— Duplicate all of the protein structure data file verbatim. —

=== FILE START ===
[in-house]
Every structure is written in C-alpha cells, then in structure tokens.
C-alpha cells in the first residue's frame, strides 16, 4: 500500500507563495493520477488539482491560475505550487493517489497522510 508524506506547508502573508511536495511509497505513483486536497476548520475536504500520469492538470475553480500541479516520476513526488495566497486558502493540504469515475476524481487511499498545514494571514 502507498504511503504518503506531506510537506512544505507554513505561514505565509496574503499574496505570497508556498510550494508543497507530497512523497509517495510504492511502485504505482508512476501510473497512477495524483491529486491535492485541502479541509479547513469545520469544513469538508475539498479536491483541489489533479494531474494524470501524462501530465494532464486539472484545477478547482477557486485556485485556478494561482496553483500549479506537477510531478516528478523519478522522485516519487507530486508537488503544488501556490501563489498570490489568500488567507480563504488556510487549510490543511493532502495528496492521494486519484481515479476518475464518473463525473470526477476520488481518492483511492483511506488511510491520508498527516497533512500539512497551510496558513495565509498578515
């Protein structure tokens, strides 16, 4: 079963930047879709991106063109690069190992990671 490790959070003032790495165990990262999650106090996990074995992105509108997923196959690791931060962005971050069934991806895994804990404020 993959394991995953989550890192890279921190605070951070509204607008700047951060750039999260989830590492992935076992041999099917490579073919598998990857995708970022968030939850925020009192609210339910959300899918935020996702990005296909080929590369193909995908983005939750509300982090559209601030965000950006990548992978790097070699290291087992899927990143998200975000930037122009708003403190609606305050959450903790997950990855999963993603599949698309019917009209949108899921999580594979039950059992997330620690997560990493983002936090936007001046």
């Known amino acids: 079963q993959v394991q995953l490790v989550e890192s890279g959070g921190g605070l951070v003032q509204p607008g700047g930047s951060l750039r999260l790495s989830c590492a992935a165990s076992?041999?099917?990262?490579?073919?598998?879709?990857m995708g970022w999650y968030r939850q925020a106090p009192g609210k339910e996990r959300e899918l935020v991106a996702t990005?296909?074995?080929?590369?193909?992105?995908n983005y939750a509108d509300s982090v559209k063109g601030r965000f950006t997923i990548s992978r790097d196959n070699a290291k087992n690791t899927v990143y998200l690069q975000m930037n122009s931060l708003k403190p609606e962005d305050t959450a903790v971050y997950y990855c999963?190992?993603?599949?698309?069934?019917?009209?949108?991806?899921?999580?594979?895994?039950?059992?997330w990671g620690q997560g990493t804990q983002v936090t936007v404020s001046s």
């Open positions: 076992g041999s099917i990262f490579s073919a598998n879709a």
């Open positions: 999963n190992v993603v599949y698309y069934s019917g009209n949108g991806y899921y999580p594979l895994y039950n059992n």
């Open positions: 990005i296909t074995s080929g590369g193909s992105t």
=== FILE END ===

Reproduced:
[in-house]
Every structure is written in C-alpha cells, then in structure tokens.
C-alpha cells in the first residue's frame, strides 16, 4: 500500500507563495493520477488539482491560475505550487493517489497522510 508524506506547508502573508511536495511509497505513483486536497476548520475536504500520469492538470475553480500541479516520476513526488495566497486558502493540504469515475476524481487511499498545514494571514 502507498504511503504518503506531506510537506512544505507554513505561514505565509496574503499574496505570497508556498510550494508543497507530497512523497509517495510504492511502485504505482508512476501510473497512477495524483491529486491535492485541502479541509479547513469545520469544513469538508475539498479536491483541489489533479494531474494524470501524462501530465494532464486539472484545477478547482477557486485556485485556478494561482496553483500549479506537477510531478516528478523519478522522485516519487507530486508537488503544488501556490501563489498570490489568500488567507480563504488556510487549510490543511493532502495528496492521494486519484481515479476518475464518473463525473470526477476520488481518492483511492483511506488511510491520508498527516497533512500539512497551510496558513495565509498578515
């Protein structure tokens, strides 16, 4: 079963930047879709991106063109690069190992990671 490790959070003032790495165990990262999650106090996990074995992105509108997923196959690791931060962005971050069934991806895994804990404020 993959394991995953989550890192890279921190605070951070509204607008700047951060750039999260989830590492992935076992041999099917490579073919598998990857995708970022968030939850925020009192609210339910959300899918935020996702990005296909080929590369193909995908983005939750509300982090559209601030965000950006990548992978790097070699290291087992899927990143998200975000930037122009708003403190609606305050959450903790997950990855999963993603599949698309019917009209949108899921999580594979039950059992997330620690997560990493983002936090936007001046």
């Known amino acids: 079963q993959v394991q995953l490790v989550e890192s890279g959070g921190g605070l951070v003032q509204p607008g700047g930047s951060l750039r999260l790495s989830c590492a992935a165990s076992?041999?099917?990262?490579?073919?598998?879709?990857m995708g970022w999650y968030r939850q925020a106090p009192g609210k339910e996990r959300e899918l935020v991106a996702t990005?296909?074995?080929?590369?193909?992105?995908n983005y939750a509108d509300s982090v559209k063109g601030r965000f950006t997923i990548s992978r790097d196959n070699a290291k087992n690791t899927v990143y998200l690069q975000m930037n122009s931060l708003k403190p609606e962005d305050t959450a903790v971050y997950y990855c999963?190992?993603?599949?698309?069934?019917?009209?949108?991806?899921?999580?594979?895994?039950?059992?997330w990671g620690q997560g990493t804990q983002v936090t936007v404020s001046s």
């Open positions: 076992g041999s099917i990262f490579s073919a598998n879709a």
């Open positions: 999963n190992v993603v599949y698309y069934s019917g009209n949108g991806y899921y999580p594979l895994y039950n059992n």
């Open positions: 990005i296909t074995s080929g590369g193909s992105t």